Charlatans and Magi

Fast as greased weasels, two decks of cards flew from Knox’s scarred fingers and blurred before the crowd into a fifty-two page flipbook. Knox smiled, the breeze from the furious cards waving his Mohawk.

“Lads and Ladies,” Knox said, “any dime-store magus can stretch a balloon into a giraffe, but how many can make a ship of cards?”

They gawked at the ship of diamonds, the King and Queen of Hearts at the helm, and the Jack of Spades swaying on the sail of clubs.

All gawked but Crystal.

Snap! They were in the deck and back in his trench coat pockets as the applause began.

“No coins please!” Laughter followed and then cash. “Now, chums, hold still for some quick draw magic!”

He threw back the trench coat and revealed two white holsters, each filled with purple pistol handles. “Soap is for the dirty. How would you buds like to see authentic smoke bubbles?” Lightening quick, he drew the pistols and fired high. Hiss! Frosty mist jetted toward the sky. The smoke tangled itself into a dueling spiral before Knox snapped the pistols back in the holsters, inhaled the smoke deep in his cheeks, cracked open his lips, then flicked his jaw with one bony finger thirteen times. Thirteen smoke bubbles popped out of his mouth, smelling of snow, floating side by side. Knox clapped and the bubbles burst into letters-


Applause rose as cash dropped into his box.


Crystal adjusted her Magi Academy uniform and dusted off her All Star badge on her left arm. “That’s grift magic, chicanery. You’re a charlatan.”

Knox smiled. “Indeed. My Daddy was Knox Charlatan Senior. I’m Junior. How about a rose for a smile?” He shoved both hands into the folds of his arm pits and returned them full of two wands. He smacked them together and they burst into one fully formed purple rose.

Smiling, he handed it to her.

The crowd gawked as the Crystal snickered, arms crossed. “Did that hurt?”

“Only if you don’t accept this gift!” Weak laughter and no money dropped.

She nabbed the rose. “Magic is supposed to hurt. That’s how you know it works.”

Knox grimaced. “Who dropped those wisdom bricks on you?”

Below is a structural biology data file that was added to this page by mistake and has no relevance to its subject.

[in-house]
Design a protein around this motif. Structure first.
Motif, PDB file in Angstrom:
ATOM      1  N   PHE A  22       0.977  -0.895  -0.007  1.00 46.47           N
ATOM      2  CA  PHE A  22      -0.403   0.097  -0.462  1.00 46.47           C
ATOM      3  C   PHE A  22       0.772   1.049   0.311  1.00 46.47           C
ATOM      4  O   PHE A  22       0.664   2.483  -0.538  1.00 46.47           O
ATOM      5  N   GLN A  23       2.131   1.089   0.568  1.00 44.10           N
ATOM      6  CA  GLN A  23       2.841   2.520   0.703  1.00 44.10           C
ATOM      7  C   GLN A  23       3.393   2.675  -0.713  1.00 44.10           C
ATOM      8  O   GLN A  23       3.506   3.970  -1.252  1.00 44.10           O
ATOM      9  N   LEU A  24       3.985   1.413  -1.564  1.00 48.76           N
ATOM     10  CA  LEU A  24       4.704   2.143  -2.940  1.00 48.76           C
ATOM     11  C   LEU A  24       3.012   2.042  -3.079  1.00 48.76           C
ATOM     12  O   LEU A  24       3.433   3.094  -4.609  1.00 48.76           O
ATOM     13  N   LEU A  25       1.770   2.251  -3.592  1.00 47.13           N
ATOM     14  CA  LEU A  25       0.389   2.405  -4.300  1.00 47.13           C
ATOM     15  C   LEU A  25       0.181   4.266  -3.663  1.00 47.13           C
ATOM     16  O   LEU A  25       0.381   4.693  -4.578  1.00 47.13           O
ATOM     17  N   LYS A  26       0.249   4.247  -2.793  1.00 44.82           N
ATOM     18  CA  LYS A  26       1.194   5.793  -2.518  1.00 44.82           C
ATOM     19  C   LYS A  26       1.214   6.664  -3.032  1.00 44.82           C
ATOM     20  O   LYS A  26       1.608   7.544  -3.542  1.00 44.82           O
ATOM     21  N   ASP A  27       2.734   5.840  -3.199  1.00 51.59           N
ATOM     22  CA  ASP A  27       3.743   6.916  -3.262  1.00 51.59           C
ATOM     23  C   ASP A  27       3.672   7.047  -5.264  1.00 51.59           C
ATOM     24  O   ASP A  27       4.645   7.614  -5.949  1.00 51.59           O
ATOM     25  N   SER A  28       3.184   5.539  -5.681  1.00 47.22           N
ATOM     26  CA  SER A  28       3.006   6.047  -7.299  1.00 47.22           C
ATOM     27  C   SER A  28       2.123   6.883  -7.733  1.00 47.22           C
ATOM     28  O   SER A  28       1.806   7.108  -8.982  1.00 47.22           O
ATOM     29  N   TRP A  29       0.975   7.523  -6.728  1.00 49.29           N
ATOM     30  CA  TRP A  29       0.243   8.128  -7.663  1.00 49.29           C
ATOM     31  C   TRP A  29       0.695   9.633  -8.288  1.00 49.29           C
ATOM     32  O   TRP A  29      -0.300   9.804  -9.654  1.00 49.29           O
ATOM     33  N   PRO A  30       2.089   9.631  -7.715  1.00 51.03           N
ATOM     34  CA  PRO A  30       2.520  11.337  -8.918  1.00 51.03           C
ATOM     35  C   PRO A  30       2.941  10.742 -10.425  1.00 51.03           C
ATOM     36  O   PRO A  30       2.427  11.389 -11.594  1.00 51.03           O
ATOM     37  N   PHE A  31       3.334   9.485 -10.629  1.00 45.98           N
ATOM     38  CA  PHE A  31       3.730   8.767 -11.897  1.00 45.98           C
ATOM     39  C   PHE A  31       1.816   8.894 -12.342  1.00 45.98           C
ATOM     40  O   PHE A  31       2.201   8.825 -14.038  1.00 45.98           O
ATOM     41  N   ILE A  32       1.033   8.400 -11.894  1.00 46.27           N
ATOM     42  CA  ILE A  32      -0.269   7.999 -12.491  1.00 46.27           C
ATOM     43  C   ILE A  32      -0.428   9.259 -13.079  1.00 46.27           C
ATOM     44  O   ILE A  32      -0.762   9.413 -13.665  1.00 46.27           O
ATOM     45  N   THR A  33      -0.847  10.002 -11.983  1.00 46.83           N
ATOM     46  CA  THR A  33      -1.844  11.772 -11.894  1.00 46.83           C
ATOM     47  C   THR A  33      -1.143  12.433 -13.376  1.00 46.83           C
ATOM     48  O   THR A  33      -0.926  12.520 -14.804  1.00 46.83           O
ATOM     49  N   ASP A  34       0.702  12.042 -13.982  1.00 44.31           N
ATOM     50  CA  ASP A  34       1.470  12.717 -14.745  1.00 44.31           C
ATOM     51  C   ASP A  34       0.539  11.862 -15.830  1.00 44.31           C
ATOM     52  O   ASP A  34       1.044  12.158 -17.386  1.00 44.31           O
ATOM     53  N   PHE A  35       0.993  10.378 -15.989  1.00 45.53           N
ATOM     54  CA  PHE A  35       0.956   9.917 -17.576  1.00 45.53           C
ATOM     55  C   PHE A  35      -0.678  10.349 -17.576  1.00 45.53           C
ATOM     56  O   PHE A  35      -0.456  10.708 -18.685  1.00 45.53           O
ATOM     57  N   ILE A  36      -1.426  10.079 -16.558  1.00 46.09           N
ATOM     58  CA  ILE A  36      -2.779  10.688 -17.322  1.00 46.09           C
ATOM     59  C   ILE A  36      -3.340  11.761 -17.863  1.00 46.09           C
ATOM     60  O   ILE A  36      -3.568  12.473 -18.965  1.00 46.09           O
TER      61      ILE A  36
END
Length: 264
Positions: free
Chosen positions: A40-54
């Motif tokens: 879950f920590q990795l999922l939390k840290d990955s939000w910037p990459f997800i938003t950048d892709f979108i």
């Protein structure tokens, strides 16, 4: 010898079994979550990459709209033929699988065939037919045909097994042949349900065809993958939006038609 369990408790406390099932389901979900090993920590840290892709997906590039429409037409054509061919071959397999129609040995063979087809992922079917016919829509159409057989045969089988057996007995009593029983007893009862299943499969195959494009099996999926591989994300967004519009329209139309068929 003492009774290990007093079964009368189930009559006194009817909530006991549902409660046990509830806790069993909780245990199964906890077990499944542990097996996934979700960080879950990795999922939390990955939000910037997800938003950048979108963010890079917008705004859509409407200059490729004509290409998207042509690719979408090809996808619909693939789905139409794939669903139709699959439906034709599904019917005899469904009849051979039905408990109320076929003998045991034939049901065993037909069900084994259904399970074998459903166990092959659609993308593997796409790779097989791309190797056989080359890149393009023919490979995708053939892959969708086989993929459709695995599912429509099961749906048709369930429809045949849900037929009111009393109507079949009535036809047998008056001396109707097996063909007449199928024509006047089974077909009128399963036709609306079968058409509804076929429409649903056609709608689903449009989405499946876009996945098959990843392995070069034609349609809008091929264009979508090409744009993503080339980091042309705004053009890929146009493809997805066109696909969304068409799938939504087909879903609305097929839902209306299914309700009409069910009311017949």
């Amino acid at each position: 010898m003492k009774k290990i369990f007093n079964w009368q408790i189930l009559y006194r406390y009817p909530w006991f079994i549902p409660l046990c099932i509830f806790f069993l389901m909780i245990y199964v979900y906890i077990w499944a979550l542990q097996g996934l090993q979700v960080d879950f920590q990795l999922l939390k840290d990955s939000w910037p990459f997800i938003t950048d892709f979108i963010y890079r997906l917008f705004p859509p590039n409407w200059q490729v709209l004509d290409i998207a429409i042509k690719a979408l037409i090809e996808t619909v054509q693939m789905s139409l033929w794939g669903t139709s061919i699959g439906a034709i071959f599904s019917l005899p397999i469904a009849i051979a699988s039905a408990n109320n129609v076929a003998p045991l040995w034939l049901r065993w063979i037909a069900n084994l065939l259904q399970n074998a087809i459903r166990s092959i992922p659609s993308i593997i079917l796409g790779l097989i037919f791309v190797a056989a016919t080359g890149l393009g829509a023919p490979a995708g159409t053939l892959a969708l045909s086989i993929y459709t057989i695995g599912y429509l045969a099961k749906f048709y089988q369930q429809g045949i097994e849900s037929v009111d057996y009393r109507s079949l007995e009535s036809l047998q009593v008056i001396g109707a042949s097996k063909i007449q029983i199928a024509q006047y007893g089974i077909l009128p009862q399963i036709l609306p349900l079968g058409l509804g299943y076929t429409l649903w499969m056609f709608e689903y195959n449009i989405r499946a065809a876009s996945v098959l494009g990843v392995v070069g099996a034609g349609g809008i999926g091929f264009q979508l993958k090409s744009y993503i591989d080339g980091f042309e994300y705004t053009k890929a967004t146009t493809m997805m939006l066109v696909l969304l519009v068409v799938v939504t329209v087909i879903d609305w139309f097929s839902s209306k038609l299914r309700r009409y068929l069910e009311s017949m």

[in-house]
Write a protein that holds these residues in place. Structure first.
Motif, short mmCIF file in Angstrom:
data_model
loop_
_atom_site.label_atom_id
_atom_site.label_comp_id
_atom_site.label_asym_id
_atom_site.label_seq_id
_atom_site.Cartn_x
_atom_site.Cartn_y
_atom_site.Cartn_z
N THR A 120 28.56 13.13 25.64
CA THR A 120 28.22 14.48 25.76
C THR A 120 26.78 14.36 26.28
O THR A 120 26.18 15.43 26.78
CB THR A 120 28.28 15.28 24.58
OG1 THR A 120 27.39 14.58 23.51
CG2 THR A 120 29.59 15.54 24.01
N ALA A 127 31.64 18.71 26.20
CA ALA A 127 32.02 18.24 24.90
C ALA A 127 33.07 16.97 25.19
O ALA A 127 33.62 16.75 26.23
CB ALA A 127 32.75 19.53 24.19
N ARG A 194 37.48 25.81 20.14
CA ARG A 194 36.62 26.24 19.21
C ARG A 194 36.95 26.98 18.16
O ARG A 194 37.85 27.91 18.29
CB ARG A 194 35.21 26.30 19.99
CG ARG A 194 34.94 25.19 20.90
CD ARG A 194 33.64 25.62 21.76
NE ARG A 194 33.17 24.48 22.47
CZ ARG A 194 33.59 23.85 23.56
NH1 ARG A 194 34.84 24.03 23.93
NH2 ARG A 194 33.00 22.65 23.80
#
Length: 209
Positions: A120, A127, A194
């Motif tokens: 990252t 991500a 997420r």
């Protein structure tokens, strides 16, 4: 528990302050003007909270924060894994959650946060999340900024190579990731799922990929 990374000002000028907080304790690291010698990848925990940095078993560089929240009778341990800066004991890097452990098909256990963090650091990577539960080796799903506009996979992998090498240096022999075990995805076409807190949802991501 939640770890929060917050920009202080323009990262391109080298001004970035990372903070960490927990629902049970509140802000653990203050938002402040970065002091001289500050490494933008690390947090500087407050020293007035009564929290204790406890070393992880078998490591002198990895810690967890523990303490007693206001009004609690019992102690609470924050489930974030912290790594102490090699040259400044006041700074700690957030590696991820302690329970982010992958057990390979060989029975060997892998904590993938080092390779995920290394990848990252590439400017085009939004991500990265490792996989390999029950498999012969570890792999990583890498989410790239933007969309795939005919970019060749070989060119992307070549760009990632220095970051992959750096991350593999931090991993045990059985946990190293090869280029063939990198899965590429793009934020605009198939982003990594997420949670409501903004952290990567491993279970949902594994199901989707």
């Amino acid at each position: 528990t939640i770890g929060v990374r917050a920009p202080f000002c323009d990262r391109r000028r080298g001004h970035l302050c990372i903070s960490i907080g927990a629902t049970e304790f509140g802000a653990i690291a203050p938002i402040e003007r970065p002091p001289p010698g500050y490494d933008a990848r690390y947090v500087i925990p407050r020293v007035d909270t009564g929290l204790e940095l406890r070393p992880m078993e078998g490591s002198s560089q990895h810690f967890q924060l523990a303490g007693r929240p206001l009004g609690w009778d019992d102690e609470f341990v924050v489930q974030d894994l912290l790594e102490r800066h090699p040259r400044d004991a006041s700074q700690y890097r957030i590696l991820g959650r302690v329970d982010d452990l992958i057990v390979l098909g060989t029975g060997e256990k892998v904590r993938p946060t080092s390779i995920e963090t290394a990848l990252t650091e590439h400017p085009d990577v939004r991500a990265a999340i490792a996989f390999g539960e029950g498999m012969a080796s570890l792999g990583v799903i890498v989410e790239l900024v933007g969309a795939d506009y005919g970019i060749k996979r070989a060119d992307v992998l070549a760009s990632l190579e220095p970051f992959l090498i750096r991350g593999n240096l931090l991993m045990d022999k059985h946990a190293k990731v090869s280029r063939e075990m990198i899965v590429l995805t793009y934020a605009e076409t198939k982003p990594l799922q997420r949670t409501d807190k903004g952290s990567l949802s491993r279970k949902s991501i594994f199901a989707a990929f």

She snorted. “Every teacher. Every book. Magic without a price is illusion. And that’s what you’re peddling. You people are being ripped off. Now, this is magic.”

Knox raised a hand of concern, but her eyes shut and her mouth incanted. The purple plastic shone white, fluttered, then settled on green as thorns burst from its stem and the petals softened to red fibers. A real rose.

She sniffed, then coughed a silvery taste. “See? Can you do that? Well, how about this?” She pressed the stem to her lips, fingers on the thorns, and began to play a bloody sweet tune. The petals turned to purple moths, vanishing on the wings of notes as blood stained the money in his box. When the tune ended, the rose died. She dropped the stem in his coin case, stomach rumbling, smug and satisfied. The crowd took their money back, and patted her on the shoulder before vanishing into the street.

“You’re very good.” Knox said.

“Better than a fake,” she said, wheezing.

“Give me your hands.”

She recoiled but he kneeled to reduce his imposing stature. “Does the great magus fear a street charlatan’s gift?”

She sniffed, and showed her bloody hands palm up.

Tears ran fast from his face to her fingers. The wound closed and her breath eased as the blood stains evaporated. Darkness deepened under his eyes as if he’d done ten rounds with battering ram, while her cheeks were rosy and breath clear. He grunted. “They don’t tell you that you can bleed out the mana, cripple your talent, until all you have left is a few petals to share to those in need. And a few memories of what it meant to be top of the class.” He opened his eyes. “And the latter ain’t worth a damn.”

He stood, turning his back, wheezing hard. “Better run back to school, magus. The bells in the Shadow Tower will soon be calling you to alchemy. And I have an afternoon’s gig to prepare for.” He coughed hard and phlegmy, spine curved and shaking. On his back was an old, torn Academy All Star badge, weathered worse than his face. He walked sore and steady as the bell in the Shadow Tower rang.

Previously published in Flashquake, 2009. Reprinted here by permission of the author.